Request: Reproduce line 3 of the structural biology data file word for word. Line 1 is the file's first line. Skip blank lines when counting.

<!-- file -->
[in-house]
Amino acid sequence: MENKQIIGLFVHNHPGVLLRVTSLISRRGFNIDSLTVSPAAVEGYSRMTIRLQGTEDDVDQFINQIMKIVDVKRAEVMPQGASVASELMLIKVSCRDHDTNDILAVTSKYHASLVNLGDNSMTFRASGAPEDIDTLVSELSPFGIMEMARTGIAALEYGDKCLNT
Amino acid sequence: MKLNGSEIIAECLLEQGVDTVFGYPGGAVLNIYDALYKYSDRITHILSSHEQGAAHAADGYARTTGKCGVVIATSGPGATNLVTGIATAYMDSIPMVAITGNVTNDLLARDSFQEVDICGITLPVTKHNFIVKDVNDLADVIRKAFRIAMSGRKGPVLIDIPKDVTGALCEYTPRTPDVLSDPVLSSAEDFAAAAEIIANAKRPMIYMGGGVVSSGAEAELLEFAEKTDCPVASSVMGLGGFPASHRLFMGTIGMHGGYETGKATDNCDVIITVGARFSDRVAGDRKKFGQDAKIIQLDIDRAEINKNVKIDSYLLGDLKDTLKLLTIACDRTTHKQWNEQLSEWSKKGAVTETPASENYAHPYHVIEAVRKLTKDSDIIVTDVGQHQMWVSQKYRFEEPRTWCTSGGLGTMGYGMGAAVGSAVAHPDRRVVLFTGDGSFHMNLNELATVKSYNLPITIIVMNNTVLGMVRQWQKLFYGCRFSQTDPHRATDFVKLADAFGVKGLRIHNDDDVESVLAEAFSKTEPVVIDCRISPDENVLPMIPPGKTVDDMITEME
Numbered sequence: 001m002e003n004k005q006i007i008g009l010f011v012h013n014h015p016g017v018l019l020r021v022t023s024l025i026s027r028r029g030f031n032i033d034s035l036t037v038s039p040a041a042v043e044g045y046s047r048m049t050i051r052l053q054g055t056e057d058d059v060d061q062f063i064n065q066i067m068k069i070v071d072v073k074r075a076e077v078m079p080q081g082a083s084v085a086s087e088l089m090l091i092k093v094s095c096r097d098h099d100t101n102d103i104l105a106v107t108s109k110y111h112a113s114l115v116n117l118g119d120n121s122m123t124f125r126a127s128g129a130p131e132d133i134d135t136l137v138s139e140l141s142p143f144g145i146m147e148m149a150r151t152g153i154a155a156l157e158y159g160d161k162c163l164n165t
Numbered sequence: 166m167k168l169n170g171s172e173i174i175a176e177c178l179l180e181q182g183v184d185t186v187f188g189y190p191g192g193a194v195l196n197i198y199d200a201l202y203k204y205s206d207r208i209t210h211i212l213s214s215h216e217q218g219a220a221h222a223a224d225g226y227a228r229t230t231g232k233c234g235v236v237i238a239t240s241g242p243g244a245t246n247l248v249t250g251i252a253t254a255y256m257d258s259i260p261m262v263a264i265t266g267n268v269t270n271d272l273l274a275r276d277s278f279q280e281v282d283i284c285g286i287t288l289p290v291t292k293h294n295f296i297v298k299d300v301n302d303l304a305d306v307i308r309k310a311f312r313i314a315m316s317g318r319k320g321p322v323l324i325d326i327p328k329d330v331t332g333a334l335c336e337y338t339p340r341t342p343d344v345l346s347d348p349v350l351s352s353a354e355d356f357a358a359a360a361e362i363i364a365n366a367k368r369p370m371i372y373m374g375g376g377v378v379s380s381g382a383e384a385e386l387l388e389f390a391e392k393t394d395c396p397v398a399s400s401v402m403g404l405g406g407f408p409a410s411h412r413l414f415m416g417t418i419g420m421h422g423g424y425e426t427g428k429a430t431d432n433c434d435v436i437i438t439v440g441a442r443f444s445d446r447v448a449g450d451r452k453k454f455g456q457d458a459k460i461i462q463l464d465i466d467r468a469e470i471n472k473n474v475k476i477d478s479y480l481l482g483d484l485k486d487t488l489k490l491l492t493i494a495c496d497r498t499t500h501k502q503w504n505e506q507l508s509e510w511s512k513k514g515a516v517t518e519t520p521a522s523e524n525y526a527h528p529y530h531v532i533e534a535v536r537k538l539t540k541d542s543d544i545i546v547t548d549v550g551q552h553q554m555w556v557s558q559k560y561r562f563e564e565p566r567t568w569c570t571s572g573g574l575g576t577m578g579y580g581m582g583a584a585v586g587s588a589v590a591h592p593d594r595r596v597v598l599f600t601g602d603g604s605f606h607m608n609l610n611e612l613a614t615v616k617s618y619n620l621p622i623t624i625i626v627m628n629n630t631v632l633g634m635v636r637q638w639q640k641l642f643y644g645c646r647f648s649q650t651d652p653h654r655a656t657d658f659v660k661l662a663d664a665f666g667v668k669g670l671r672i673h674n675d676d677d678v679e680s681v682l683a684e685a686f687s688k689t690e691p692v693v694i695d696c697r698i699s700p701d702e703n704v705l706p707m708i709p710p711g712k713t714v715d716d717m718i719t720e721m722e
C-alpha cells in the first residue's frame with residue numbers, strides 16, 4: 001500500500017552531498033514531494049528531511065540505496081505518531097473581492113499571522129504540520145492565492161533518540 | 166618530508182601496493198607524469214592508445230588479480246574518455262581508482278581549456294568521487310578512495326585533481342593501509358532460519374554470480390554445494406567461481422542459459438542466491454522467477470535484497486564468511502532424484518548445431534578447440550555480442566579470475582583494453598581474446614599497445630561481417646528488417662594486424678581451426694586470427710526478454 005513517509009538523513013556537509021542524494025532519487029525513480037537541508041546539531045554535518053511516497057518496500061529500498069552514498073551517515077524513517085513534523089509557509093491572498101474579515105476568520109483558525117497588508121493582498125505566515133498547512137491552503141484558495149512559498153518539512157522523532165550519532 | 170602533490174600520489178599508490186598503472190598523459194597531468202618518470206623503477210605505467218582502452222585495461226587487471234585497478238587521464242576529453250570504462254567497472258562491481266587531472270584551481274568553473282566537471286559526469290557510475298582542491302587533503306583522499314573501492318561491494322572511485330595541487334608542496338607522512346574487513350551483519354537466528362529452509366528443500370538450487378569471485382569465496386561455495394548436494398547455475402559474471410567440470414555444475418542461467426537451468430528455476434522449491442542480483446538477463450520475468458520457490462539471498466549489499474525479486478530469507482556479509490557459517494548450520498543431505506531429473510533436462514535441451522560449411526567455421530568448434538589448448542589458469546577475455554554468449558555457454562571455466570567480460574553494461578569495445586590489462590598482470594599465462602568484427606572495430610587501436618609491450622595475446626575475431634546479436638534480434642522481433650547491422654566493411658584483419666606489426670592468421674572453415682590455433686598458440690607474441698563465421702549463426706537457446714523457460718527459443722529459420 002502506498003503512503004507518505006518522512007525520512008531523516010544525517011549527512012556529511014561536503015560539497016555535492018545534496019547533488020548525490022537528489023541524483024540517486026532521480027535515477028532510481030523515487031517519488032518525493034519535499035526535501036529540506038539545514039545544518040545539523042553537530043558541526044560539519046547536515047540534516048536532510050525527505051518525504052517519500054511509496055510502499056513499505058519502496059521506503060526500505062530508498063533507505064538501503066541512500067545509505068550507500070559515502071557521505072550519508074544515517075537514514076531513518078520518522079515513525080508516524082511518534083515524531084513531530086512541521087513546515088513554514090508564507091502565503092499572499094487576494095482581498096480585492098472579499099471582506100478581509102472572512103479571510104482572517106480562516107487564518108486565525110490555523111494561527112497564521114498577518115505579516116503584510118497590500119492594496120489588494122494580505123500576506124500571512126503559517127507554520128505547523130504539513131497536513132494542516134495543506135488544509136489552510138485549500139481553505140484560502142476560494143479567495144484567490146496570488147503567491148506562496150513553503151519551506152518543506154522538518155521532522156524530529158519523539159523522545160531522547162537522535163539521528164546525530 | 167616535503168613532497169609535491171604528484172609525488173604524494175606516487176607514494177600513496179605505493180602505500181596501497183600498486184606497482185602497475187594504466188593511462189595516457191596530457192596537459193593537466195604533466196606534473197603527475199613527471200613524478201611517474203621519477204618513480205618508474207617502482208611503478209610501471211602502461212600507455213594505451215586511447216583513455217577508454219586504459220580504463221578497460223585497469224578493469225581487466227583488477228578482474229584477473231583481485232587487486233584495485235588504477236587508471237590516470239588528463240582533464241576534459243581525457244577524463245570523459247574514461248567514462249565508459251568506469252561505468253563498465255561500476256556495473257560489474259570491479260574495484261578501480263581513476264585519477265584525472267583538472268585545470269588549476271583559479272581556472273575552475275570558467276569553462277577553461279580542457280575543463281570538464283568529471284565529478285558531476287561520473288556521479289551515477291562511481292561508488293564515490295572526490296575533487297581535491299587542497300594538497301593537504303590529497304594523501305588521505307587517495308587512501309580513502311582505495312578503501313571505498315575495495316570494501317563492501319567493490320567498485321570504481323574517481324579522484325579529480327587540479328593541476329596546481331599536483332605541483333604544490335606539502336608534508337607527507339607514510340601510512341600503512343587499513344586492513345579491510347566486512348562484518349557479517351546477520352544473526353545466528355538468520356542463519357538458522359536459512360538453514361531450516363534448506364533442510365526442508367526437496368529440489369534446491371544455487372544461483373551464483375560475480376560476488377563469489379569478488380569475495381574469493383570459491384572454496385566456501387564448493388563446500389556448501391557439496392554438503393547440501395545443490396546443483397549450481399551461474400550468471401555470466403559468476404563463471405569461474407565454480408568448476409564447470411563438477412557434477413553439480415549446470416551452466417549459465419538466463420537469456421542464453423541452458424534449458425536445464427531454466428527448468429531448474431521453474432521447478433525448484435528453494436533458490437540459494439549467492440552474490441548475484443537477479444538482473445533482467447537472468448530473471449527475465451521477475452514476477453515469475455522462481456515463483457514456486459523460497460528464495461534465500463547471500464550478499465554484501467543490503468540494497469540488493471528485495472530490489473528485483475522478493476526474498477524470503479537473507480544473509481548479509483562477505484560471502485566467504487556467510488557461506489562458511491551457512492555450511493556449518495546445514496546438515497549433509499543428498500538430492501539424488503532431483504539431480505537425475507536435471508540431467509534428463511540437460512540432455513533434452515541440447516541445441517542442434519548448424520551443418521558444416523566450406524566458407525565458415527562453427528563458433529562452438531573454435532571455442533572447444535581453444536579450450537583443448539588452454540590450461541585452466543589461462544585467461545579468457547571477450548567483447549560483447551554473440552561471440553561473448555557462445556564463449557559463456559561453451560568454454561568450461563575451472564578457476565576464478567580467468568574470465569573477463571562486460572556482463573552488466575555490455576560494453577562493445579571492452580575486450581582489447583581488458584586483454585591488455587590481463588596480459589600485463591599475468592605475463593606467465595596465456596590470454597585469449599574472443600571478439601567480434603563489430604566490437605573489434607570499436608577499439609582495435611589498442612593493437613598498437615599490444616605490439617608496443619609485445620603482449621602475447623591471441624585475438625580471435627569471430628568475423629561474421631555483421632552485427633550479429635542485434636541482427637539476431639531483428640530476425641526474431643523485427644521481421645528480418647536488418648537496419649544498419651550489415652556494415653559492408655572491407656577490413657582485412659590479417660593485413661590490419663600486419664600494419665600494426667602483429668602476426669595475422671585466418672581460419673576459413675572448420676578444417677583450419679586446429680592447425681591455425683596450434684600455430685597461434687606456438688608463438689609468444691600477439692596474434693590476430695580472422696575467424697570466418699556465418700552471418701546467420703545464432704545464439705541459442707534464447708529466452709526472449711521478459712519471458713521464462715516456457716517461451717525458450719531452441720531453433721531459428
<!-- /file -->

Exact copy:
Amino acid sequence: MKLNGSEIIAECLLEQGVDTVFGYPGGAVLNIYDALYKYSDRITHILSSHEQGAAHAADGYARTTGKCGVVIATSGPGATNLVTGIATAYMDSIPMVAITGNVTNDLLARDSFQEVDICGITLPVTKHNFIVKDVNDLADVIRKAFRIAMSGRKGPVLIDIPKDVTGALCEYTPRTPDVLSDPVLSSAEDFAAAAEIIANAKRPMIYMGGGVVSSGAEAELLEFAEKTDCPVASSVMGLGGFPASHRLFMGTIGMHGGYETGKATDNCDVIITVGARFSDRVAGDRKKFGQDAKIIQLDIDRAEINKNVKIDSYLLGDLKDTLKLLTIACDRTTHKQWNEQLSEWSKKGAVTETPASENYAHPYHVIEAVRKLTKDSDIIVTDVGQHQMWVSQKYRFEEPRTWCTSGGLGTMGYGMGAAVGSAVAHPDRRVVLFTGDGSFHMNLNELATVKSYNLPITIIVMNNTVLGMVRQWQKLFYGCRFSQTDPHRATDFVKLADAFGVKGLRIHNDDDVESVLAEAFSKTEPVVIDCRISPDENVLPMIPPGKTVDDMITEME